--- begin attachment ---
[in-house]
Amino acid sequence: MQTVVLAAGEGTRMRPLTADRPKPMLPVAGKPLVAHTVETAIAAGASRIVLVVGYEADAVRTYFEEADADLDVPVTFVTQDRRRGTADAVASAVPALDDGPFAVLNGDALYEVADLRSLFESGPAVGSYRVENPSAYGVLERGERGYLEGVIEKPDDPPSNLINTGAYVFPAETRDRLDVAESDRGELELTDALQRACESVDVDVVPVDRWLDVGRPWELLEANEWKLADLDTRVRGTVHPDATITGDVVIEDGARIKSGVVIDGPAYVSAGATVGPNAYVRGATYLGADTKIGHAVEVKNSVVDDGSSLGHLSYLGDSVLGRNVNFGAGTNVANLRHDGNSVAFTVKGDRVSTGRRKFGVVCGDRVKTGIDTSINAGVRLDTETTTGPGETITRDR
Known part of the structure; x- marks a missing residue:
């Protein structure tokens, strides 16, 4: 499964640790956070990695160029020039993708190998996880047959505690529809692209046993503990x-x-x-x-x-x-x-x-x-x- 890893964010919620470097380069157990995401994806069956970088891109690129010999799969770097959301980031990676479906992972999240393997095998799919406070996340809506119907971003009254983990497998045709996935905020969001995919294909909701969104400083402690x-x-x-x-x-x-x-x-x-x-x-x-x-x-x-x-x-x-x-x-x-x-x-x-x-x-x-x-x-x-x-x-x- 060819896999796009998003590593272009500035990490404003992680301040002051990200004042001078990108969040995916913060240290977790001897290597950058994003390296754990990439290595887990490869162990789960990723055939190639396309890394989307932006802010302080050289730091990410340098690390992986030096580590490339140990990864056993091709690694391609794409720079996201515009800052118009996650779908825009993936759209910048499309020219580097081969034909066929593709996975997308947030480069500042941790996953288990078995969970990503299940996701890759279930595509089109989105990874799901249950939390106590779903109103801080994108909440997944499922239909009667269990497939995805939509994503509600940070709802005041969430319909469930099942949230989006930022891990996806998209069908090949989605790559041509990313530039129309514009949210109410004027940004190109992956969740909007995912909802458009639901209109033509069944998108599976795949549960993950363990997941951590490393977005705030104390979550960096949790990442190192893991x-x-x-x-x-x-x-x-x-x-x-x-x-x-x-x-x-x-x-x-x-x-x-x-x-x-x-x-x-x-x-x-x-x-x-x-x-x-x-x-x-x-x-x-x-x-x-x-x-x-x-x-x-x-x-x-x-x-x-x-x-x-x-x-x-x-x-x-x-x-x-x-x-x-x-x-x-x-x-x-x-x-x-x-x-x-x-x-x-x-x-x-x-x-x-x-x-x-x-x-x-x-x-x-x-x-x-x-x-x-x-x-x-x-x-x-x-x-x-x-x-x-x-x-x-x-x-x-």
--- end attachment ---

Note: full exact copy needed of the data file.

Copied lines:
[in-house]
Amino acid sequence: MQTVVLAAGEGTRMRPLTADRPKPMLPVAGKPLVAHTVETAIAAGASRIVLVVGYEADAVRTYFEEADADLDVPVTFVTQDRRRGTADAVASAVPALDDGPFAVLNGDALYEVADLRSLFESGPAVGSYRVENPSAYGVLERGERGYLEGVIEKPDDPPSNLINTGAYVFPAETRDRLDVAESDRGELELTDALQRACESVDVDVVPVDRWLDVGRPWELLEANEWKLADLDTRVRGTVHPDATITGDVVIEDGARIKSGVVIDGPAYVSAGATVGPNAYVRGATYLGADTKIGHAVEVKNSVVDDGSSLGHLSYLGDSVLGRNVNFGAGTNVANLRHDGNSVAFTVKGDRVSTGRRKFGVVCGDRVKTGIDTSINAGVRLDTETTTGPGETITRDR
Known part of the structure; x- marks a missing residue:
């Protein structure tokens, strides 16, 4: 499964640790956070990695160029020039993708190998996880047959505690529809692209046993503990x-x-x-x-x-x-x-x-x-x- 890893964010919620470097380069157990995401994806069956970088891109690129010999799969770097959301980031990676479906992972999240393997095998799919406070996340809506119907971003009254983990497998045709996935905020969001995919294909909701969104400083402690x-x-x-x-x-x-x-x-x-x-x-x-x-x-x-x-x-x-x-x-x-x-x-x-x-x-x-x-x-x-x-x-x- 060819896999796009998003590593272009500035990490404003992680301040002051990200004042001078990108969040995916913060240290977790001897290597950058994003390296754990990439290595887990490869162990789960990723055939190639396309890394989307932006802010302080050289730091990410340098690390992986030096580590490339140990990864056993091709690694391609794409720079996201515009800052118009996650779908825009993936759209910048499309020219580097081969034909066929593709996975997308947030480069500042941790996953288990078995969970990503299940996701890759279930595509089109989105990874799901249950939390106590779903109103801080994108909440997944499922239909009667269990497939995805939509994503509600940070709802005041969430319909469930099942949230989006930022891990996806998209069908090949989605790559041509990313530039129309514009949210109410004027940004190109992956969740909007995912909802458009639901209109033509069944998108599976795949549960993950363990997941951590490393977005705030104390979550960096949790990442190192893991x-x-x-x-x-x-x-x-x-x-x-x-x-x-x-x-x-x-x-x-x-x-x-x-x-x-x-x-x-x-x-x-x-x-x-x-x-x-x-x-x-x-x-x-x-x-x-x-x-x-x-x-x-x-x-x-x-x-x-x-x-x-x-x-x-x-x-x-x-x-x-x-x-x-x-x-x-x-x-x-x-x-x-x-x-x-x-x-x-x-x-x-x-x-x-x-x-x-x-x-x-x-x-x-x-x-x-x-x-x-x-x-x-x-x-x-x-x-x-x-x-x-x-x-x-x-x-x-």